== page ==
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Inquiry Unit Stages (simplified)
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Inquiry Unit Stages (simplified)

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Inquiry Unit Stages (simplified) Inquiry Unit Stages (simplified) Presentation Transcript

  • INQUIRY Week 1-6
  • Inquiry Stages
    • One theme
    • One central idea
    • 3-4 lines of inquiry
    • 3 concepts
    • All subjects (plan, teach + assess)
    • 6 weeks
  •  
  •  
  •  
  • 6 stages (6 weeks)*
    • What do I know?
    • What do I want to know?
    • How do I find out?
    • What did I learn?
    • How do I use/share what I learned
    • How do I know what I learned?
  • INQUIRY Stage 1
  • Provocation
    • Theme (decorate) the classroom
    • Related pictures and vocabulary
    • Real world items
    • Books & magazines
    • Posters
    • Unit information clearly displayed
  • What do I know?
    • “ How might we know what we have learned?”
    • Pre-assessment
    • What do students already know?
    • What misunderstandings do they have?
    • Prepare to build on knowledge
  • What do I know?
    • “ How might we know what we have learned?”
    • Movies, stories, pictures
    • Discussions
    • Brainstorming
    • Presentations and feedback
    • Vocabulary map (and categorizing)
  • What do I know?
    • “ How might we know what we have learned?”
    • Brainstorm: blackboard or big sheets of paper, create a game, students present and friends ask or challenge.
    • Tell a related story (make it up).
  •  
  • Wall Diary
    • Recording student understanding
    • Not for displayed work
  • Week 1 Week 2 Week 3 Week 4 Week 5 Week 6
  • Week 1 Week 2 Week 3 Week 4 Week 5 Week 6
  • Stage 1
    • Evidence of student knowledge
    • Correct or incorrect we still display it (as we can learn from mistakes and build on knowledge)
    • Words, pictures, and real world things collected by students
    • Useful information
    • Useful website addresses
    • Student questions
  • Stage 1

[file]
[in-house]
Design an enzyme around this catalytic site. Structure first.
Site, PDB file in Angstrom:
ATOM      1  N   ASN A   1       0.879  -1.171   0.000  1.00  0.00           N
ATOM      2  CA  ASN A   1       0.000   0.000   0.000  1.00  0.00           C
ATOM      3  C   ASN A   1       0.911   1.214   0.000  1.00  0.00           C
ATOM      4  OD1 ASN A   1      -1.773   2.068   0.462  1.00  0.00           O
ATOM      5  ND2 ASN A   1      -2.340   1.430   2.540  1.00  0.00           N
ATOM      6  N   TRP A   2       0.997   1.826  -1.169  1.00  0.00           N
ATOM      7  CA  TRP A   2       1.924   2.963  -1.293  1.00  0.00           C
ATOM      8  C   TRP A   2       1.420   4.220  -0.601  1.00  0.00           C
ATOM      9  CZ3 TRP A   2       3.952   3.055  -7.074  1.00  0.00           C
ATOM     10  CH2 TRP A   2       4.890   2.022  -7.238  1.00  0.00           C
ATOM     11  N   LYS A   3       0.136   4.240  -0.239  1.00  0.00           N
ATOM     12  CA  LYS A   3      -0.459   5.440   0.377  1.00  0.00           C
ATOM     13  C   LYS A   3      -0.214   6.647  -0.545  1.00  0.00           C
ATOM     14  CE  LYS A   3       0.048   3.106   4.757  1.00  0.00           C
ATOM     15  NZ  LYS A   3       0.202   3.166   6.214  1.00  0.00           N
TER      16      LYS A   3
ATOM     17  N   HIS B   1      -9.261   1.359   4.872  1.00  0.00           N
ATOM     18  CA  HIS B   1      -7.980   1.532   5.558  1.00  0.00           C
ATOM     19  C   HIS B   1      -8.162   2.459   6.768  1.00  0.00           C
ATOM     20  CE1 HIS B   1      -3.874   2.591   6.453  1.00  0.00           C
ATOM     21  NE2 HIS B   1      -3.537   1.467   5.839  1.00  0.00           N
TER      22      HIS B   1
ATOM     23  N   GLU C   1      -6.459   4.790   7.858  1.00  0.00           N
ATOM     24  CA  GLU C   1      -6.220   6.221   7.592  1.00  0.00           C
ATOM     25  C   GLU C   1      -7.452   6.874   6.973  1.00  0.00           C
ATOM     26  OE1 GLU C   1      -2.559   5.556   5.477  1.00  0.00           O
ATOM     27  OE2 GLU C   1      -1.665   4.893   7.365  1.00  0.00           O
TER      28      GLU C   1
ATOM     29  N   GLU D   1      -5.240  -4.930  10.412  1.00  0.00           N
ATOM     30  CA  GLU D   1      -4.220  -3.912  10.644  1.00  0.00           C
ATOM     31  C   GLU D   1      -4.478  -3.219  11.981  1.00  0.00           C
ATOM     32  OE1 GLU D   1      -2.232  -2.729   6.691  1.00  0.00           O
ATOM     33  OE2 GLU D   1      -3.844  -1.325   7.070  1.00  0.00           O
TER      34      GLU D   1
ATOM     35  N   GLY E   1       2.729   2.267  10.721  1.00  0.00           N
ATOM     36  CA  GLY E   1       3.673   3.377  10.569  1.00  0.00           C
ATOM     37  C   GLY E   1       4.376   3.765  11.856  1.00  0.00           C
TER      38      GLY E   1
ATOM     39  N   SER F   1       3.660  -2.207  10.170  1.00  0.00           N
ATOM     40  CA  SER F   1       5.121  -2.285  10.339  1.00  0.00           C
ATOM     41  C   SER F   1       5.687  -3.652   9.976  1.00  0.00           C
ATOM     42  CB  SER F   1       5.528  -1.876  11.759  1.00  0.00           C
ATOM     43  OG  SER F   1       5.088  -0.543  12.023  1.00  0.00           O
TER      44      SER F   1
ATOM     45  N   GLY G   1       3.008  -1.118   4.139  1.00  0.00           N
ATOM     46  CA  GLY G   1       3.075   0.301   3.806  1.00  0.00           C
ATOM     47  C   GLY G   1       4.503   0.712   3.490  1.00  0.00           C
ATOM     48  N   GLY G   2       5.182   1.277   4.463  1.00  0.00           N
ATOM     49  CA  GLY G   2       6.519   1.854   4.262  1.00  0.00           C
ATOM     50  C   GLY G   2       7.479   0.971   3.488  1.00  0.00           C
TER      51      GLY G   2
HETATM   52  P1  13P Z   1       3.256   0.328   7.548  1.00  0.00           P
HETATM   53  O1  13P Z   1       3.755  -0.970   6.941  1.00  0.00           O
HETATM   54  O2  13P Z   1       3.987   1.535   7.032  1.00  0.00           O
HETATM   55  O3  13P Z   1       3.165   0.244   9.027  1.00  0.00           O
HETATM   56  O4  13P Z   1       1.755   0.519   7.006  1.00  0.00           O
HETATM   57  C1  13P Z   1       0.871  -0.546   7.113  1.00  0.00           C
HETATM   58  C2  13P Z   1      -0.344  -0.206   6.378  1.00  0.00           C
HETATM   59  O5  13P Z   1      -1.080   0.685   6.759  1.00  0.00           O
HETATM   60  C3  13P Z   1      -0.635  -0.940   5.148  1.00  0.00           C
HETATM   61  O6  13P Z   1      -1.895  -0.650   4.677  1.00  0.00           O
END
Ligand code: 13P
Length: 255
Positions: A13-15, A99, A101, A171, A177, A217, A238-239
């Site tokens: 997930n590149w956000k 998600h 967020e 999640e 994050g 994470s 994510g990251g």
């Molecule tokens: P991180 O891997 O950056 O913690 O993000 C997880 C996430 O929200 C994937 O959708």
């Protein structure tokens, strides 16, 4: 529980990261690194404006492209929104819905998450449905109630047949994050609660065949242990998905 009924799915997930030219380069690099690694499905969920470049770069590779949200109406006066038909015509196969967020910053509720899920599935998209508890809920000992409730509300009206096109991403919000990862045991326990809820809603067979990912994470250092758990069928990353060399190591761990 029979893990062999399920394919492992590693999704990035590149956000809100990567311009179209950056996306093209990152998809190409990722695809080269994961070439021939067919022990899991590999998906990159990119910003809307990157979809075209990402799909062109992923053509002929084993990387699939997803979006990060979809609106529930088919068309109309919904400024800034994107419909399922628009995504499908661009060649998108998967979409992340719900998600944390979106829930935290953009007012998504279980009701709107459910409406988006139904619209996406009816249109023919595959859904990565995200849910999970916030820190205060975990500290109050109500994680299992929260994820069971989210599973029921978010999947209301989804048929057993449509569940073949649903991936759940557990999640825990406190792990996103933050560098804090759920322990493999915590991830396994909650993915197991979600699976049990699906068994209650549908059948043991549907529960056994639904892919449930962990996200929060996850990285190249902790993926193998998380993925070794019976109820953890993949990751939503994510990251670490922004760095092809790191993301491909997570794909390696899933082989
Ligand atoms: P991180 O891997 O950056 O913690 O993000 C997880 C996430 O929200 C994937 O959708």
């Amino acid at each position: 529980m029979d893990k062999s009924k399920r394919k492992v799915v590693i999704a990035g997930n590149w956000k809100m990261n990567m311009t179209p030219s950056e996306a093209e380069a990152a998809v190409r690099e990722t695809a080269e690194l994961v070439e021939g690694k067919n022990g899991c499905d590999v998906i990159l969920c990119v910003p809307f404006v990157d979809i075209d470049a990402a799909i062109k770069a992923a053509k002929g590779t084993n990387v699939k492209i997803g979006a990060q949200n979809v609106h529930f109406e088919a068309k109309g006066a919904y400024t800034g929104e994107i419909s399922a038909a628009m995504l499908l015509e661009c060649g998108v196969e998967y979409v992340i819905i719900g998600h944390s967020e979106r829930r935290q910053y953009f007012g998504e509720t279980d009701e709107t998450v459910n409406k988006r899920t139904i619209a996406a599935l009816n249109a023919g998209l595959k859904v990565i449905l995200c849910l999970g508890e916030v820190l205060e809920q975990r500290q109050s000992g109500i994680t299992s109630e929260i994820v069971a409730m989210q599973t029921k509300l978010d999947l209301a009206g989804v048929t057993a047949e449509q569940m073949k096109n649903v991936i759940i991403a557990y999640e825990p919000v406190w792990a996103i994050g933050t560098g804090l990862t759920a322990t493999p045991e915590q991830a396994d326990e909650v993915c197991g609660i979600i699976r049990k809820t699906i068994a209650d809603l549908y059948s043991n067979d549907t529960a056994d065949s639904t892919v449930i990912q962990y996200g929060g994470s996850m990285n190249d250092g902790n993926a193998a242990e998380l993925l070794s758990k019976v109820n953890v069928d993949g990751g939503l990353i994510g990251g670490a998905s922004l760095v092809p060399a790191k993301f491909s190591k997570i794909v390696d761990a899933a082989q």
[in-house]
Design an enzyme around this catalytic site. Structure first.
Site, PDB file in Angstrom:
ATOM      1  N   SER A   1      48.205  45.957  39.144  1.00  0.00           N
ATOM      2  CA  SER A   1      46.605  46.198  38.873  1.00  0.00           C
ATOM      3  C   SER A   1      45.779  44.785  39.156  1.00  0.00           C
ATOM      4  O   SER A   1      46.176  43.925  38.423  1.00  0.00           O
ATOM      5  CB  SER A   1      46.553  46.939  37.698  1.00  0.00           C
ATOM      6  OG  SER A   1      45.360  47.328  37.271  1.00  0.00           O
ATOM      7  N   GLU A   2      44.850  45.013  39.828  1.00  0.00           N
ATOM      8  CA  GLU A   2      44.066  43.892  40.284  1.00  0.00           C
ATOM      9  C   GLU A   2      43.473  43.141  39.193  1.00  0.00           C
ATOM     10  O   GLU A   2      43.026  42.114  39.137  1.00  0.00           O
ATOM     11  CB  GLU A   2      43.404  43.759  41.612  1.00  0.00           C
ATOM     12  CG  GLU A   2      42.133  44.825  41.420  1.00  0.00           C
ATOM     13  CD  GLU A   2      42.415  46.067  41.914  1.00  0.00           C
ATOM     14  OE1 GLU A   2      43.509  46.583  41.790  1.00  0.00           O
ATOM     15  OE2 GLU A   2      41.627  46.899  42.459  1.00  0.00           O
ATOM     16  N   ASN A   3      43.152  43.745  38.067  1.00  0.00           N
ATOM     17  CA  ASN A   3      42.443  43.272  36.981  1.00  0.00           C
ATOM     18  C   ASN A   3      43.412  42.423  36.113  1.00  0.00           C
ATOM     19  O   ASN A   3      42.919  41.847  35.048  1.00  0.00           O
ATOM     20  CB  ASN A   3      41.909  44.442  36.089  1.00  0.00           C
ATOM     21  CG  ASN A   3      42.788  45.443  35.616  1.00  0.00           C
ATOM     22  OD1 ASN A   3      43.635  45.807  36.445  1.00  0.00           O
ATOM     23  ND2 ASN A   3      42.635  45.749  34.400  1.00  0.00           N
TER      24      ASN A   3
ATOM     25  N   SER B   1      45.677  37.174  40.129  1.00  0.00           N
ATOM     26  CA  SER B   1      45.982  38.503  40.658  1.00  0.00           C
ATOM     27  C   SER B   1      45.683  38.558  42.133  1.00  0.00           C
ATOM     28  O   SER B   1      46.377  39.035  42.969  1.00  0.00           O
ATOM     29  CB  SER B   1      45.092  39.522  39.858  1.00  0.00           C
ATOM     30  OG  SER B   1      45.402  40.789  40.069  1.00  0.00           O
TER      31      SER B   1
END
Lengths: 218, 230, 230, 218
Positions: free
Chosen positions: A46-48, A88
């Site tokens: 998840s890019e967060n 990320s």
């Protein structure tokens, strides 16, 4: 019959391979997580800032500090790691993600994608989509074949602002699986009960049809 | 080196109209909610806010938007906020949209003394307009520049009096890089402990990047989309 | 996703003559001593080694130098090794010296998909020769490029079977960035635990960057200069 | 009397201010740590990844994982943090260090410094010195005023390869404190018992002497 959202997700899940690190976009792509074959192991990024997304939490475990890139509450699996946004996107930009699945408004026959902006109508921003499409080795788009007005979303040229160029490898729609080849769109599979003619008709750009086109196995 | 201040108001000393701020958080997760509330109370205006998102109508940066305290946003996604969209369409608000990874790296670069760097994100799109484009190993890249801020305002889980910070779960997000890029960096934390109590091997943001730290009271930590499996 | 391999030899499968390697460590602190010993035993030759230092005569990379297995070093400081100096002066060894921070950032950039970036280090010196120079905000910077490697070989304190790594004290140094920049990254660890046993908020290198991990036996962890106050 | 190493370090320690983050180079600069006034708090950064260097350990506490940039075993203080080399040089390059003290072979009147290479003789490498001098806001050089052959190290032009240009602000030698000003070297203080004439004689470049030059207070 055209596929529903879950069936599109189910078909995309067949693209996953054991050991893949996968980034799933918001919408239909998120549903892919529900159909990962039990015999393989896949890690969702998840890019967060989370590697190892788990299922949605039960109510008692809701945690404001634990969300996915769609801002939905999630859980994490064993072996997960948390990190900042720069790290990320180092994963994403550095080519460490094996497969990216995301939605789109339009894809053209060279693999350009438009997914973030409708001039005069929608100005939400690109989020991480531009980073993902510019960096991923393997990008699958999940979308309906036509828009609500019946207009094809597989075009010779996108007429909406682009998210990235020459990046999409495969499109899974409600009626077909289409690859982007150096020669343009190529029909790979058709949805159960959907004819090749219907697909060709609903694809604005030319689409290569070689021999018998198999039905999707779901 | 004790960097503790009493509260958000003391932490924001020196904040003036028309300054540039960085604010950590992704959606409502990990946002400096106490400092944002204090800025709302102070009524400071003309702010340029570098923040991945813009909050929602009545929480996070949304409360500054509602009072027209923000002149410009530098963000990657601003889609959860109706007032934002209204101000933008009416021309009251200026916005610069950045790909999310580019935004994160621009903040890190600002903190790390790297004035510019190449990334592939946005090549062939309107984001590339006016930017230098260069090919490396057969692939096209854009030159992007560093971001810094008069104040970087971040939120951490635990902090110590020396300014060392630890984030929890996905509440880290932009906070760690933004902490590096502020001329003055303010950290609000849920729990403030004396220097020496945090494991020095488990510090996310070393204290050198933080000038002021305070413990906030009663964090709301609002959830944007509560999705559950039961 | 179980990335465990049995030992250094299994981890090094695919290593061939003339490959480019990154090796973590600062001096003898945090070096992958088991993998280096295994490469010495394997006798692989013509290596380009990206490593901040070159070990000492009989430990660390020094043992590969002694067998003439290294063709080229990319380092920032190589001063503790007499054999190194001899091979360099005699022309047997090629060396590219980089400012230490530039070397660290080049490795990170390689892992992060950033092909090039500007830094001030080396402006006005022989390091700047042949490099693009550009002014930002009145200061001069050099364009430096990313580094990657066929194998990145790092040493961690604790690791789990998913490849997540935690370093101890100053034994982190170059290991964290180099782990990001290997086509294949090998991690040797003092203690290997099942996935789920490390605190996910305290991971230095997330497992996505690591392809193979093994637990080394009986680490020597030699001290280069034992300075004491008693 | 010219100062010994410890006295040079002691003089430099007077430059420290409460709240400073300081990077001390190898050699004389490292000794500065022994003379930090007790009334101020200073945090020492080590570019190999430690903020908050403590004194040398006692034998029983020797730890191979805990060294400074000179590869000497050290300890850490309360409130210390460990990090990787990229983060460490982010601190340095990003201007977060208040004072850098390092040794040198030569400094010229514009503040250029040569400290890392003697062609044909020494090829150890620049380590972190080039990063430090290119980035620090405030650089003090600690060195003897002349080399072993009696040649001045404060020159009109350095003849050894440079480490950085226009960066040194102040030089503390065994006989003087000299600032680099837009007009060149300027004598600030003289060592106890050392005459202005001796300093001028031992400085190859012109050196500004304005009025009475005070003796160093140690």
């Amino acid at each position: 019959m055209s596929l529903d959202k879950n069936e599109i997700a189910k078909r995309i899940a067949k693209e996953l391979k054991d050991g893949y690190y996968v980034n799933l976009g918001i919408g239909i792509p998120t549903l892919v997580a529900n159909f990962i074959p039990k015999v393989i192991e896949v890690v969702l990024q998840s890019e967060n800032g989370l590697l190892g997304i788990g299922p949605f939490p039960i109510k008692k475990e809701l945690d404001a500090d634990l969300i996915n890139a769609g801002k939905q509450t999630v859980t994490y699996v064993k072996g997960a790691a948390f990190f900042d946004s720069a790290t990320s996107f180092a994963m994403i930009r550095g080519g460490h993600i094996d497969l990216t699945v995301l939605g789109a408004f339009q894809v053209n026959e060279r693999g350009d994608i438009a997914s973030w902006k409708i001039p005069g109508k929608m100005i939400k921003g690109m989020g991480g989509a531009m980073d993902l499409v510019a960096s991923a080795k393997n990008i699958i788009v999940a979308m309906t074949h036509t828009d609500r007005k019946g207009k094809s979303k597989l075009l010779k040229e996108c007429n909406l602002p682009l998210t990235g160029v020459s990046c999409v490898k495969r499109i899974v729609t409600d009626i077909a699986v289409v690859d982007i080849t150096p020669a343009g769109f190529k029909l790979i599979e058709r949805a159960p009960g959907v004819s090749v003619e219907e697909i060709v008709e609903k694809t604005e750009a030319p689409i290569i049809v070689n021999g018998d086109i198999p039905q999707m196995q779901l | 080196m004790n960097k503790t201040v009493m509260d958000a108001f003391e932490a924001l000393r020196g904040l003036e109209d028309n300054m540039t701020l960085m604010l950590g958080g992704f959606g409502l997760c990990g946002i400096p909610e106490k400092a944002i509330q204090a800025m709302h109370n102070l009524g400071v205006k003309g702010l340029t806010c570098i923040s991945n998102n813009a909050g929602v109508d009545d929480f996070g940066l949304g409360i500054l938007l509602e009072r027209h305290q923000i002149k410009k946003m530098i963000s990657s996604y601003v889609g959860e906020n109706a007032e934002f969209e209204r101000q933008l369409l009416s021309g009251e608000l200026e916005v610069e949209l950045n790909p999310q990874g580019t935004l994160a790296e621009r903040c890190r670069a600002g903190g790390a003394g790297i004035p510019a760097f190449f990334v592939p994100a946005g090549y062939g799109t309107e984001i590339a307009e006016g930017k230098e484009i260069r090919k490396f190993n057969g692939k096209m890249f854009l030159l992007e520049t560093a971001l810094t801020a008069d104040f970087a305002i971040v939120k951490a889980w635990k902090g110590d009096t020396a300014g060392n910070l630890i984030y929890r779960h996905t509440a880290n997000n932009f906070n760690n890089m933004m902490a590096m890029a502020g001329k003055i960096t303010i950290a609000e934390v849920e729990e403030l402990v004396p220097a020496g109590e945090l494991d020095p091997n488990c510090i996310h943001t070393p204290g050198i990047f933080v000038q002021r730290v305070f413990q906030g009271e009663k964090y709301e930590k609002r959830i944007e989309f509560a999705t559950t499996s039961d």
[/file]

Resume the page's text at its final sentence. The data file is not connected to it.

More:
• Stage 1
  • Stage 1
  • INQUIRY Stage 2
  • Stage 2
    • What do I want to know?
    • Review….
  • Stage 2
    • Review stage 1
    • Discuss what students already know
    • Discuss if everyone agrees if knowledge is correct
    • “Do we know all there is to know?”
    • Who, What, Where, When, Why, & How?
  • Stage 2
    • Discuss with students and write questions on the board – are these good questions?
    • Students work in groups to write new questions – are these good questions?
    • Post-it questions on the wall
  • Stage 2
    • Introduce the 3 main concepts
    • Use the students’ questions to formulate concept questions
    • Discuss the questions – are they good questions? Are they open-ended questions?
  • Stage 2
    • Introduce the teacher’s concept questions
    • Compare to students questions
    • Discuss which are the best questions to use for the unit of inquiry (you will probably use and answer most of the questions through the 6 weeks)
  • INQUIRY Stage 3
  • Stage 3
    • How do I find out?
    • Review stage 2
  •  
  • Stage 3
    • Who
    • What
    • Where
    • When
    • Why
    • How
  • Stage 3
    • Who knows about this theme?
    • Who has experience of this theme?
    • Who can help us to find information about this theme?
    • Who can we interview?
    • Who can we email?
    • Who can we telephone?
    • Who can we visit?
  • Stage 3